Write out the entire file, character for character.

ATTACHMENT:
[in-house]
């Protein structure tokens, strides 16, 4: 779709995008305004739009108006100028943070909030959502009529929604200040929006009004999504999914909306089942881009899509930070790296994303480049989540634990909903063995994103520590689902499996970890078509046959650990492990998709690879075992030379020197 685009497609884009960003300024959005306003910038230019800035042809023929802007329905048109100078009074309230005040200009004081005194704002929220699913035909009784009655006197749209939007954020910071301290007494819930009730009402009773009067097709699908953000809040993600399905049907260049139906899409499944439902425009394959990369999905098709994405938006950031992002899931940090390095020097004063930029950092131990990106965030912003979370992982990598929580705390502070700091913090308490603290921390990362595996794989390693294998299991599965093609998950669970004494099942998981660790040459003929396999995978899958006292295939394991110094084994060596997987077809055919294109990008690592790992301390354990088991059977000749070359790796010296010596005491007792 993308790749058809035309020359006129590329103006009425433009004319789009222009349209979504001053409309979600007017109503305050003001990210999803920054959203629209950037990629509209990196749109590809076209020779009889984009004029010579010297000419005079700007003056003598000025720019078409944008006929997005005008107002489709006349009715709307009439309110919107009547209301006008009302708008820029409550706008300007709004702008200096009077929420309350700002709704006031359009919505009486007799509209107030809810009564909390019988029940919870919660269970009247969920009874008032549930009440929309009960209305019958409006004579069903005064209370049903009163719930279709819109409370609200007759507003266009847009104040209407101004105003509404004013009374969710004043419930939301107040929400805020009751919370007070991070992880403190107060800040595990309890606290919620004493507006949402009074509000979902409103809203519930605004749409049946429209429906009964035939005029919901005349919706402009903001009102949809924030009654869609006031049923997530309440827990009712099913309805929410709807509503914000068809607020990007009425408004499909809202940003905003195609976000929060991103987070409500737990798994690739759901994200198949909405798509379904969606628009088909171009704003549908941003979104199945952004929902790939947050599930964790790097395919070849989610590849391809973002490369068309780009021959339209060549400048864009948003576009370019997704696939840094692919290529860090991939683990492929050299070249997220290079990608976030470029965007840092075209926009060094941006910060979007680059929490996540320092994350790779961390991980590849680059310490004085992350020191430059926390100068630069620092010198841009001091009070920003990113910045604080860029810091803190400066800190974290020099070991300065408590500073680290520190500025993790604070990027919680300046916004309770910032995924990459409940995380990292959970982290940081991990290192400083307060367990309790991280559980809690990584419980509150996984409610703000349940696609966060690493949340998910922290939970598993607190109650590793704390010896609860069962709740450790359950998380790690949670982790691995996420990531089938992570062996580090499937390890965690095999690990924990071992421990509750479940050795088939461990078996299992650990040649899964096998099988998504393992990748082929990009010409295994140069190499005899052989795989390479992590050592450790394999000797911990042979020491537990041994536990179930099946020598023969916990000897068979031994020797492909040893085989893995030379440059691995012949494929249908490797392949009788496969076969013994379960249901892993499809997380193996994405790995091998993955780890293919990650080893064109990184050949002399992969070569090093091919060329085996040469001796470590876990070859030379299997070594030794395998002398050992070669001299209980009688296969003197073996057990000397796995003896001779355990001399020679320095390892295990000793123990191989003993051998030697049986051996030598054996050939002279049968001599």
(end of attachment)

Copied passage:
[in-house]
């Protein structure tokens, strides 16, 4: 779709995008305004739009108006100028943070909030959502009529929604200040929006009004999504999914909306089942881009899509930070790296994303480049989540634990909903063995994103520590689902499996970890078509046959650990492990998709690879075992030379020197 685009497609884009960003300024959005306003910038230019800035042809023929802007329905048109100078009074309230005040200009004081005194704002929220699913035909009784009655006197749209939007954020910071301290007494819930009730009402009773009067097709699908953000809040993600399905049907260049139906899409499944439902425009394959990369999905098709994405938006950031992002899931940090390095020097004063930029950092131990990106965030912003979370992982990598929580705390502070700091913090308490603290921390990362595996794989390693294998299991599965093609998950669970004494099942998981660790040459003929396999995978899958006292295939394991110094084994060596997987077809055919294109990008690592790992301390354990088991059977000749070359790796010296010596005491007792 993308790749058809035309020359006129590329103006009425433009004319789009222009349209979504001053409309979600007017109503305050003001990210999803920054959203629209950037990629509209990196749109590809076209020779009889984009004029010579010297000419005079700007003056003598000025720019078409944008006929997005005008107002489709006349009715709307009439309110919107009547209301006008009302708008820029409550706008300007709004702008200096009077929420309350700002709704006031359009919505009486007799509209107030809810009564909390019988029940919870919660269970009247969920009874008032549930009440929309009960209305019958409006004579069903005064209370049903009163719930279709819109409370609200007759507003266009847009104040209407101004105003509404004013009374969710004043419930939301107040929400805020009751919370007070991070992880403190107060800040595990309890606290919620004493507006949402009074509000979902409103809203519930605004749409049946429209429906009964035939005029919901005349919706402009903001009102949809924030009654869609006031049923997530309440827990009712099913309805929410709807509503914000068809607020990007009425408004499909809202940003905003195609976000929060991103987070409500737990798994690739759901994200198949909405798509379904969606628009088909171009704003549908941003979104199945952004929902790939947050599930964790790097395919070849989610590849391809973002490369068309780009021959339209060549400048864009948003576009370019997704696939840094692919290529860090991939683990492929050299070249997220290079990608976030470029965007840092075209926009060094941006910060979007680059929490996540320092994350790779961390991980590849680059310490004085992350020191430059926390100068630069620092010198841009001091009070920003990113910045604080860029810091803190400066800190974290020099070991300065408590500073680290520190500025993790604070990027919680300046916004309770910032995924990459409940995380990292959970982290940081991990290192400083307060367990309790991280559980809690990584419980509150996984409610703000349940696609966060690493949340998910922290939970598993607190109650590793704390010896609860069962709740450790359950998380790690949670982790691995996420990531089938992570062996580090499937390890965690095999690990924990071992421990509750479940050795088939461990078996299992650990040649899964096998099988998504393992990748082929990009010409295994140069190499005899052989795989390479992590050592450790394999000797911990042979020491537990041994536990179930099946020598023969916990000897068979031994020797492909040893085989893995030379440059691995012949494929249908490797392949009788496969076969013994379960249901892993499809997380193996994405790995091998993955780890293919990650080893064109990184050949002399992969070569090093091919060329085996040469001796470590876990070859030379299997070594030794395998002398050992070669001299209980009688296969003197073996057990000397796995003896001779355990001399020679320095390892295990000793123990191989003993051998030697049986051996030598054996050939002279049968001599």